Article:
Objectives: This study examines the financial benefits that can accrue to drug developers from improvements in the drug development process. The effect on drug development costs from faster development, earlier decisions on project failures, and higher approval success rates are quantified.
Data and Methods: The results from a recent study of research and development (R&D) costs for new drugs are used as a benchmark against which improvements in the discovery and development processes are simulated. The cost results in the benchmark study were based on a sample of 68 randomly selected investigational drugs from 10 pharmaceutical firms.
Results: Simultaneous 25% reductions in phase lengths lower capitalised total cost per approved drug by 16%, or $US129 million; 50% reductions in time lower cost by 29%, or $US235 million. Earlier decisions to terminate research on drugs that will ultimately fail significantly reduce clinical costs. For example, shifting 5% of all clinical failures from phase III/regulatory review to phase I reduces out-of-pocket clinical costs by 5.5 to 7.1%; and capitalised clinical cost is lowered by 5.1 to 6.3%. If more productive discovery programmes or better preclinical screens increase success rates from 21.5% to one in three, firms can reduce capitalised total cost per approved drug by $US221 million to $US242 million.
Conclusions: Whether faster development times, quicker termination decisions or higher success rates derive from public policy initiatives, better management, or new technologies, the impact on R&D costs can be substantial. Ultimately, the increased efficiency could result in more innovation and new therapies reaching patients sooner.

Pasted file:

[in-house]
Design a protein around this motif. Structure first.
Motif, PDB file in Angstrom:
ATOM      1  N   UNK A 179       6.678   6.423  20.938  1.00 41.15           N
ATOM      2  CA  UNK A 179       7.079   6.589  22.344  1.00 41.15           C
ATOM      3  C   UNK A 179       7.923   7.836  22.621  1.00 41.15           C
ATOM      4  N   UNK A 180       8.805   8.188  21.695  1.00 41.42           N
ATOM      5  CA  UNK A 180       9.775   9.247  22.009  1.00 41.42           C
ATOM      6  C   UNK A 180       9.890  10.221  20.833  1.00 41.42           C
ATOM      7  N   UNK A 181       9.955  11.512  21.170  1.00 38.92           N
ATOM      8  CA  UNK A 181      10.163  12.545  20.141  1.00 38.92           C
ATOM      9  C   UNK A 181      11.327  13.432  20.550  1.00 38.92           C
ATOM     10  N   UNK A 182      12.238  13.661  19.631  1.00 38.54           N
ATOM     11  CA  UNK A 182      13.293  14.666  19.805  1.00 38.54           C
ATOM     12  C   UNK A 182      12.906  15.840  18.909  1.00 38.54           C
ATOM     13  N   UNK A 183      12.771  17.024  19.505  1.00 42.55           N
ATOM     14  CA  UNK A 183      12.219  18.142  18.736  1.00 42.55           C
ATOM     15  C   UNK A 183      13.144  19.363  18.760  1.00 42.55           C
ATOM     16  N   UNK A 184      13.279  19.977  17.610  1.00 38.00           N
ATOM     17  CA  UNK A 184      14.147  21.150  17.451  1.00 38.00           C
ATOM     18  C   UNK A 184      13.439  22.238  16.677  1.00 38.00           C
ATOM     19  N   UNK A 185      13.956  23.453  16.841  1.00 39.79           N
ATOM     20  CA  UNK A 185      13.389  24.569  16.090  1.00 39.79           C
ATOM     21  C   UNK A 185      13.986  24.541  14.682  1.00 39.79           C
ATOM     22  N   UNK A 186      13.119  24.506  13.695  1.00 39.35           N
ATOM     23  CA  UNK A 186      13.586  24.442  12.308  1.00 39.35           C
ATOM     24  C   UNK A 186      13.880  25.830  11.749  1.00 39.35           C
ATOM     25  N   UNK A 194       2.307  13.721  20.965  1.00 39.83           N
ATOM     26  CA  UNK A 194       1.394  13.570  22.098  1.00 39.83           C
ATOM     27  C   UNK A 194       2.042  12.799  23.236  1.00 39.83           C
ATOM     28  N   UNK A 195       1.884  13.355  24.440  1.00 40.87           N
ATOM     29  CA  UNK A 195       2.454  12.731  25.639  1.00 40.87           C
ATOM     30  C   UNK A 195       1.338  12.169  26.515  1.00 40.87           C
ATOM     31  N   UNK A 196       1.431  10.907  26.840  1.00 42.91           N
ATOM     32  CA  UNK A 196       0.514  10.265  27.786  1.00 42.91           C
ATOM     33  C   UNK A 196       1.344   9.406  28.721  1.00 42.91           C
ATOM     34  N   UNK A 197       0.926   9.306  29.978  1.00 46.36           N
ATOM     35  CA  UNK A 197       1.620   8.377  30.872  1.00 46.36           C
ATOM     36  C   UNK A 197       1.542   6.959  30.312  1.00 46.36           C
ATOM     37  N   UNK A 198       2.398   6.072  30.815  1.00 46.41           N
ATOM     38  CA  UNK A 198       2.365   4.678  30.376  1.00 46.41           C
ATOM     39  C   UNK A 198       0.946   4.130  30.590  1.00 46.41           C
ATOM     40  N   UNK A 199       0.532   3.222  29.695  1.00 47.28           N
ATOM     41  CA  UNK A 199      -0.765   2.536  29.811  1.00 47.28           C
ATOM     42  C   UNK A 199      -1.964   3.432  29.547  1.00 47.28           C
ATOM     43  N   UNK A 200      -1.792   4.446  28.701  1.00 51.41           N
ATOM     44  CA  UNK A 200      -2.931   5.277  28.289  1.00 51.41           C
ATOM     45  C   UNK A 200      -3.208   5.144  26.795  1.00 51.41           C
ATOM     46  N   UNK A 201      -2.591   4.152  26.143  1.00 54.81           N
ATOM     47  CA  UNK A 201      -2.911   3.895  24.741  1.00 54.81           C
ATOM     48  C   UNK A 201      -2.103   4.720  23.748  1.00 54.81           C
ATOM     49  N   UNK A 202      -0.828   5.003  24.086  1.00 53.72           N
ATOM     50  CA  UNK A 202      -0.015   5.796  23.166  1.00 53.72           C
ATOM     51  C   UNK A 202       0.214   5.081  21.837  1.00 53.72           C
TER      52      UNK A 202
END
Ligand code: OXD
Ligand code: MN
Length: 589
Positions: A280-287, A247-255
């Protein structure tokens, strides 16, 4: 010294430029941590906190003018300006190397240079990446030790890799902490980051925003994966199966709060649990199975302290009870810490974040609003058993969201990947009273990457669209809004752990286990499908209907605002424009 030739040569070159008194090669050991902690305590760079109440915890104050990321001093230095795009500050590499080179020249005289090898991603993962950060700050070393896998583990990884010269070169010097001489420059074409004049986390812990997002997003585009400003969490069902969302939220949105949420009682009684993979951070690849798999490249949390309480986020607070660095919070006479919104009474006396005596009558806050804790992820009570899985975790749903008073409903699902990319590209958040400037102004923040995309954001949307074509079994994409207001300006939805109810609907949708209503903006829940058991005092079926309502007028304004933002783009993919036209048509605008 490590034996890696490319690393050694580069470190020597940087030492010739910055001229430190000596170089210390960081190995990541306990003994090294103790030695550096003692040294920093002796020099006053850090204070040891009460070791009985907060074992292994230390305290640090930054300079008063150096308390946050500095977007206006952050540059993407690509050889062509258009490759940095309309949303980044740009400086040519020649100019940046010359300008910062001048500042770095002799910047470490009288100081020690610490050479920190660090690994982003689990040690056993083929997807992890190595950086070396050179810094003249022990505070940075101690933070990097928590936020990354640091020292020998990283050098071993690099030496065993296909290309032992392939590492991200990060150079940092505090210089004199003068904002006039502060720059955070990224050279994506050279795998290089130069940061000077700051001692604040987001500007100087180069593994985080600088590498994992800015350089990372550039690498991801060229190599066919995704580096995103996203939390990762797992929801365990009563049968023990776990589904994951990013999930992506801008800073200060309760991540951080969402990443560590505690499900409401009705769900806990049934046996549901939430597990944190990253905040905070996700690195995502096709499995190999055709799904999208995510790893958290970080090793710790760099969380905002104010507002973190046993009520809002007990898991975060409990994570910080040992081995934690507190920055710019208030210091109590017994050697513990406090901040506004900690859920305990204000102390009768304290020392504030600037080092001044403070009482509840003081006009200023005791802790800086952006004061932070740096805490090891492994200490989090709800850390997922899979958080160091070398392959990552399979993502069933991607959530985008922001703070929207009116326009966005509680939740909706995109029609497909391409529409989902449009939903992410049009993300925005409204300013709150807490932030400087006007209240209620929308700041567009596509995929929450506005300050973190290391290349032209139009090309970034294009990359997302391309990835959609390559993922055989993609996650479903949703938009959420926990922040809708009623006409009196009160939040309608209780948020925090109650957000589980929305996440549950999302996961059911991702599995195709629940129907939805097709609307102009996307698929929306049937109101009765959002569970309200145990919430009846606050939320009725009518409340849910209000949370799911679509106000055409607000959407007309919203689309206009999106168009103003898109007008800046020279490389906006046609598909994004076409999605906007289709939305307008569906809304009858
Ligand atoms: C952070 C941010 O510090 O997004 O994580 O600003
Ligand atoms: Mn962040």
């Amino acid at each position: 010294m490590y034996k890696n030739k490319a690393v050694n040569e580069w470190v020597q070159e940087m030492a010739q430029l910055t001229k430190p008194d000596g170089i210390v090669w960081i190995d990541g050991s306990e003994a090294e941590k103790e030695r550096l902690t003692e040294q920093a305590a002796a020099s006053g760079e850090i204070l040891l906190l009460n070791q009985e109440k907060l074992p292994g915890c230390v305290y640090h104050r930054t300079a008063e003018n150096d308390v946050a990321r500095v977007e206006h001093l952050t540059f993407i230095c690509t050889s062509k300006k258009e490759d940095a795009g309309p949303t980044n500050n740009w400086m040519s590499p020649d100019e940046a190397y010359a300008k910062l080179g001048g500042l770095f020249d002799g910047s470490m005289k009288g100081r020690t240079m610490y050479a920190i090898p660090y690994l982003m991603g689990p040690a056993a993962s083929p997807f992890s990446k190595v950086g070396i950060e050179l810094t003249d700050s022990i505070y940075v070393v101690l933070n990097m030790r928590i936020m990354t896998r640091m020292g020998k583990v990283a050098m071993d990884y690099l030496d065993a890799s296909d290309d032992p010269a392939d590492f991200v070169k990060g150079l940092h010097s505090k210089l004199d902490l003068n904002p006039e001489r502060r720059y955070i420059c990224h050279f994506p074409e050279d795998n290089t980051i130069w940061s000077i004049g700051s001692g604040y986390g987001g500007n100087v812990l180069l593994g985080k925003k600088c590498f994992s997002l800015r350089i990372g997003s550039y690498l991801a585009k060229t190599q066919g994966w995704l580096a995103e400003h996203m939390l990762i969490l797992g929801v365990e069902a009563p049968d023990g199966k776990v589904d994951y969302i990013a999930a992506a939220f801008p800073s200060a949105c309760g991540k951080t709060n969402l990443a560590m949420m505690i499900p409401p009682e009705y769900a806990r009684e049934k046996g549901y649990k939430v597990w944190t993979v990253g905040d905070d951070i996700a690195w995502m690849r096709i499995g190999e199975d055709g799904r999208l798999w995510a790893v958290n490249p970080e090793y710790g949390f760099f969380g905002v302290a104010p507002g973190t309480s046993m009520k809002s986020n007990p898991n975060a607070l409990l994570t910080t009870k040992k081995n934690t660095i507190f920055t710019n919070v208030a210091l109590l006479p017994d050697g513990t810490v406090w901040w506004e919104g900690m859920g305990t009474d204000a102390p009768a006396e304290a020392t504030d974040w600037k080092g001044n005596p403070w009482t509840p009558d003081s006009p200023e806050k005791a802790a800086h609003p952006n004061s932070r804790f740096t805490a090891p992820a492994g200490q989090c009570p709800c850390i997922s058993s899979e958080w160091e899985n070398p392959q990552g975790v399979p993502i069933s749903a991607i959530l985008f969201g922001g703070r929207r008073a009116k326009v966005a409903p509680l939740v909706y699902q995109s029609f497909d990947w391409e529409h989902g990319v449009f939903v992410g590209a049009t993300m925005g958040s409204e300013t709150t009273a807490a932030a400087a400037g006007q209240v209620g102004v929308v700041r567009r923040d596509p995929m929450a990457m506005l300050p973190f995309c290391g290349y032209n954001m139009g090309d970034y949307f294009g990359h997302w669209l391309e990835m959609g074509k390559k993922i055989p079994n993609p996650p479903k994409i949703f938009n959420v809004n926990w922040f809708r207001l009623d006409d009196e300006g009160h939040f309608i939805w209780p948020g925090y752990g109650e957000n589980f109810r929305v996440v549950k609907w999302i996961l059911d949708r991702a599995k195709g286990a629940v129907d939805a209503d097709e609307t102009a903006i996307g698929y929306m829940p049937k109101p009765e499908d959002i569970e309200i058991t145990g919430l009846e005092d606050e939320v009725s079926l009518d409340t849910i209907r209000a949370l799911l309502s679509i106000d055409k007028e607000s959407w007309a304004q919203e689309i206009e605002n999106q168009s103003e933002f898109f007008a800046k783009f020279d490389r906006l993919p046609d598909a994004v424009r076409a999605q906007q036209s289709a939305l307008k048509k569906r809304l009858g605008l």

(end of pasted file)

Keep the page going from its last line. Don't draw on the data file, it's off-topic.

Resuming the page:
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Assuming proportionately higher or lower values for phase out-of-pocket costs would change the absolute amount of cost savings for the simulated process improvements, but it would not affect the reductions in percentage terms. The changes in absolute savings are easily determined since they vary in the same proportion as phase costs.
Reductions in time also provide the benefit of getting drugs to the market sooner. This can increase the amount of time that a drug is on themarket without generic competition (effective patent lifetime). However, it would be likely that this impact would be fairly limited since the effective patent lifetimes of many drugs are constrained by the Hatch-Waxman legislation in the United States that limits patent restoration time to 5 years and constrains the total effective patent lifetime with restoration to 14 years. However, to the extent that individual firms are more effective at reducing development times than their competitors, then those firms will reap the potentially substantial benefit of having their drugs spend a longer period on the market with no or few substitutes in their product class.
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The author would like to thank the two referees for helpful comments. No external financial support was provided to conduct this study. The author has no conflicts of interest with regard to the content of this manuscript.
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DiMasi, J.A. The Value of Improving the Productivity of the Drug Development Process. Pharmacoeconomics 20 (Suppl 3), 1–10 (2002). https://doi.org/10.2165/00019053-200220003-00001